“What do I care? I don’t accept Medicaid,” you might say since the majority of orthodontists don’t.
But we believe you’re overlooking one important factor in doing so. When the Texas Medicaid system crashed a few years back, it was not only those who accepted Medicaid that were impacted, it was also the private practices in Texas and surrounding states that felt the influx of hundreds of orthodontists who used to work for Medicaid providers hitting the job market and opening practices. What if this happened on a national scale? Is your practice in positon to weather that storm? ***
So what is an orthodontist to do when the things we hold dear – medical necessity, insurance benefits and Medicaid paying for orthodontic treatment – are all fading to mist? Should we hold a vigil for the deaths of these beloved financial conduits and bemoan the fact that those patients can no longer visit us for treatment? Absolutely not! You could view these changes in a negative light but we believe that these three factors are more of a hindrance than a help when it comes to overall access to orthodontic care. We also believe that if orthodontists lower our fees to an affordable level and modulate service to fit price we will more than make up for the “lost profit” on any individual case with a much more sustainable, higher volume, model. This sounds darn good to us – profitability, sustainability, increased access to care for Americans – and we cannot understand why our peers don’t see it as such.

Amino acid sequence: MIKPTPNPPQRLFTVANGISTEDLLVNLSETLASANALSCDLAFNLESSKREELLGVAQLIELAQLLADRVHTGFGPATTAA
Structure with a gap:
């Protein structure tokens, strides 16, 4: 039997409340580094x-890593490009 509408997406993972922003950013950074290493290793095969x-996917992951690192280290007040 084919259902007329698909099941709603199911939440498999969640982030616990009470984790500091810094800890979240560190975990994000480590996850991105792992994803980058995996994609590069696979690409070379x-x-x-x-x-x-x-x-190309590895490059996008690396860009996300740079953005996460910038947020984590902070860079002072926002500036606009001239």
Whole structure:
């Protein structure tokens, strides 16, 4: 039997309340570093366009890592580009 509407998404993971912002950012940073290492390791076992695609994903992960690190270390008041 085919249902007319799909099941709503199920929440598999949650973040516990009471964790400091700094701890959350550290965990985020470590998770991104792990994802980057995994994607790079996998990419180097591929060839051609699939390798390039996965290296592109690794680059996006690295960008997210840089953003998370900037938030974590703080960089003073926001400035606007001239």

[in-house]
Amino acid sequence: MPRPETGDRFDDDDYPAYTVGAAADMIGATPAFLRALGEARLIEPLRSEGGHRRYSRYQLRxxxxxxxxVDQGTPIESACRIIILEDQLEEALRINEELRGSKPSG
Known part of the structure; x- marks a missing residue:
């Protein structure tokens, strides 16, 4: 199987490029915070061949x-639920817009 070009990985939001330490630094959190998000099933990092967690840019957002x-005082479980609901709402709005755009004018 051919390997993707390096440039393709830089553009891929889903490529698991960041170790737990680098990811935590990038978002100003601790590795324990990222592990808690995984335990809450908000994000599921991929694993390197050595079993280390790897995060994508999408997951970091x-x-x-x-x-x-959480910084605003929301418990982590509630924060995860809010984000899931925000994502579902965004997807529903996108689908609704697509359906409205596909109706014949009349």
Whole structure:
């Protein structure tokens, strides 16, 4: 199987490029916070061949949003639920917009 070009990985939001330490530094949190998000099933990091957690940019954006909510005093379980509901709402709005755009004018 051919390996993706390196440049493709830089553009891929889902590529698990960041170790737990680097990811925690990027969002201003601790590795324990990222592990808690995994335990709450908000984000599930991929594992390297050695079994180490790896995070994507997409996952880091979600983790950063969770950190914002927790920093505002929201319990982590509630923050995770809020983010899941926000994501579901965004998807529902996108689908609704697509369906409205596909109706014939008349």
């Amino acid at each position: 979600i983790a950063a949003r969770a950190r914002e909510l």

Most industries that are being disrupted in the way orthodontics is cease to exist in their traditional form but we don’t see that happening to orthodontics any time soon. Our professional and financial future are very bright if we can only modify what we do to fit the new reality.
The world is changing whether we orthodontists like it or not and it is reminiscent of change in other industries. We do not have to imagine how this will play out. In the book The Inevitable, Kevin Kelly discusses the rise of Napster and other file sharing software and the music industry’s reaction to The Inevitable:
“The music industry did everything in their power to stop copying. To no avail. They succeeded only in making enemies of their customers. Banning the inevitable usually backfires.”
Sound familiar? It does to us. Everyone said, “You can’t make money selling individual songs for 99 cents” instead of forcing the consumer to buy an entire album like they should. But a few brave souls gave consumers what they wanted at the price they could afford on the terms they demanded and it seems to have worked out reasonably well.
Your everlasting summer
You can see it fading fast
So you grab a piece of something
That you think is gonna last
But you wouldn’t even know a diamond
If you held one in your hands
The things you think are precious
I can’t understand
*** The implications of this scenario are beyond the scope of this piece but interesting to consider none the less.